In the draft of the LHD Ordinance (and it’s a draft, so that means lots of public input from public hearings, good grief) it proposes that the LHD Commission be made up of  7 members.  And just like other boards and commissions, those members would be appointed by the mayor (often members are recommended to the mayor by citizens of Newburyport, no different here), and confirmed by the Newburyport City Council (just like ever other city board and commission). So if the people of Newburyport, don’t like a proposed member, they can call the Newburyport City Council and the Mayor and register their complaint, which often happens in our Newburyport democratic process (and often the person is not appointed or approved!).

The draft proposes that there be (again everyone lives in Newburyport) a realtor, an architect,  a member of the Newburyport Chamber of Commerce, people from entities like the Newburyport Preservation Trust and the Historic Society of Old Newbury, 2 members who are residents of the proposed district, and in the beginning 2 members of the Local Historic District Study Committee, to help with any initial confusion, and get things off to a good start.

The draft of the ordinance proposes that in the beginning, 2 members get appointed for one year, 2 members for two years, and three members for three years.  And then after the initial go through, each member would be appointed for 3 years, just like other Newburyport boards and commissions.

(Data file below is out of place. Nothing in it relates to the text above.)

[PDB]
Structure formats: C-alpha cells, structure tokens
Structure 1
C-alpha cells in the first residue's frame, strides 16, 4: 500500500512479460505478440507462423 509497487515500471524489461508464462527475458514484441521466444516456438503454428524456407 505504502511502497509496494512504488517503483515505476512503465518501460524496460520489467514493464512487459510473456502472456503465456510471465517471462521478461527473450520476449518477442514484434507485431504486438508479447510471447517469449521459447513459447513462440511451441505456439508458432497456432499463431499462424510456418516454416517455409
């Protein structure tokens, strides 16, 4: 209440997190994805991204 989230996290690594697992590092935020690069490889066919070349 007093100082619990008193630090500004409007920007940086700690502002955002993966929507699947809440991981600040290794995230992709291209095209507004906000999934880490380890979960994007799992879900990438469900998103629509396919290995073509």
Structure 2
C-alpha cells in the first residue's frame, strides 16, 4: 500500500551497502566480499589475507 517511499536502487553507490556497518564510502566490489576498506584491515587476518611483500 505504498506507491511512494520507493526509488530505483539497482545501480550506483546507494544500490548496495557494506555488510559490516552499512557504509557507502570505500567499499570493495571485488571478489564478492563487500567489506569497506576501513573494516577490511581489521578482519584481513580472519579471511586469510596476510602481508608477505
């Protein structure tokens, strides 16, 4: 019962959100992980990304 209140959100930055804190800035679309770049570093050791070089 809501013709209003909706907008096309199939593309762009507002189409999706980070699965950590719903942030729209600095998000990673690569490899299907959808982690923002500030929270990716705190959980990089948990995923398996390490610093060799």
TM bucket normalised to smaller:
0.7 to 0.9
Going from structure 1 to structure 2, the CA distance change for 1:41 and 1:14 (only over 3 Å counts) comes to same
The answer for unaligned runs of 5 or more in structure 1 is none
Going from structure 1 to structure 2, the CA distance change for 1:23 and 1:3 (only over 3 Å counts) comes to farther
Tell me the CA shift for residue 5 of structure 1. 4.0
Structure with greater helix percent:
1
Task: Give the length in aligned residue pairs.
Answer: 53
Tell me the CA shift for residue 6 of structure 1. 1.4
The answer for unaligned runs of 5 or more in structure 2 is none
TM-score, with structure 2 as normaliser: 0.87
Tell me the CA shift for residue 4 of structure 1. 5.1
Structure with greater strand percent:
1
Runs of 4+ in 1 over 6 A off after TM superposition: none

So now, hysterics out there, and there are a lot of hysterics out there, who are just so upset that they can’t hear what someone who may be for the Newburyport  Local Historic District (LHD) may be saying, this is not a proposed Nazi commission to control and destroy your lives (good grief!!).

Demolition of Downtown Newburyport

The buildings next to the Five Cents Savings Bank in downtown Newburport that were demolished in 1972 to make way for a drive though addition.
The buildings next to the Five Cents Savings Bank in downtown Newburport that were demolished by the bank in 1972 to make way for a drive-in addition. (Courtesy of the Archives at the Newburyport Public Library)

The photo from July 1972 from the Archives of the Newburyport Public Library shows old, historic buildings next to The Newburyport Five Cents Savings Bank.  The archive also says that those old, historic buildings next to the bank on State Street were purchased by the The Newburyport Five Cents Savings Bank, and that the bank planned to demolish the buildings and construct a drive-in addition, with the entrances and exits from Temple Street and Charter Street.

And in 1984 The Newburyport Five Cents Savings Bank put up a very contemporary addition in place of those historic, old buildings.

In 1972 Newburyport had “turned the corner” and the brakes were put on the demolition of downtown Newburyport.  But, one of our most beloved institutions, that has done so much for this community, and that has so many wonderful folks working there, tore down part of historic downtown in 1972.

The thinking had not completely changed.  Old buildings, still in so many minds, meant economic stagnation, and the new contemporary architecture implied economic vitality and a bright new future.

The contemporary addition by the Newburyport Five Cents Savings Bank that replace the old, historic buildings in downtown Newburyport.
The contemporary addition by the Newburyport Five Cents Savings Bank that replace the old, historic buildings in downtown Newburyport (see above photo).

And part of it was the times.  The aesthetic back then was to combine the old architecture with new modern architecture. The Inn Street fountain, its modern sculpture (which I happen to love) in an historic setting, is an example of combining the old with the new.

But I look at the buildings in the photograph from the Newburyport Public Library and I ache when I see those old buildings now gone forever.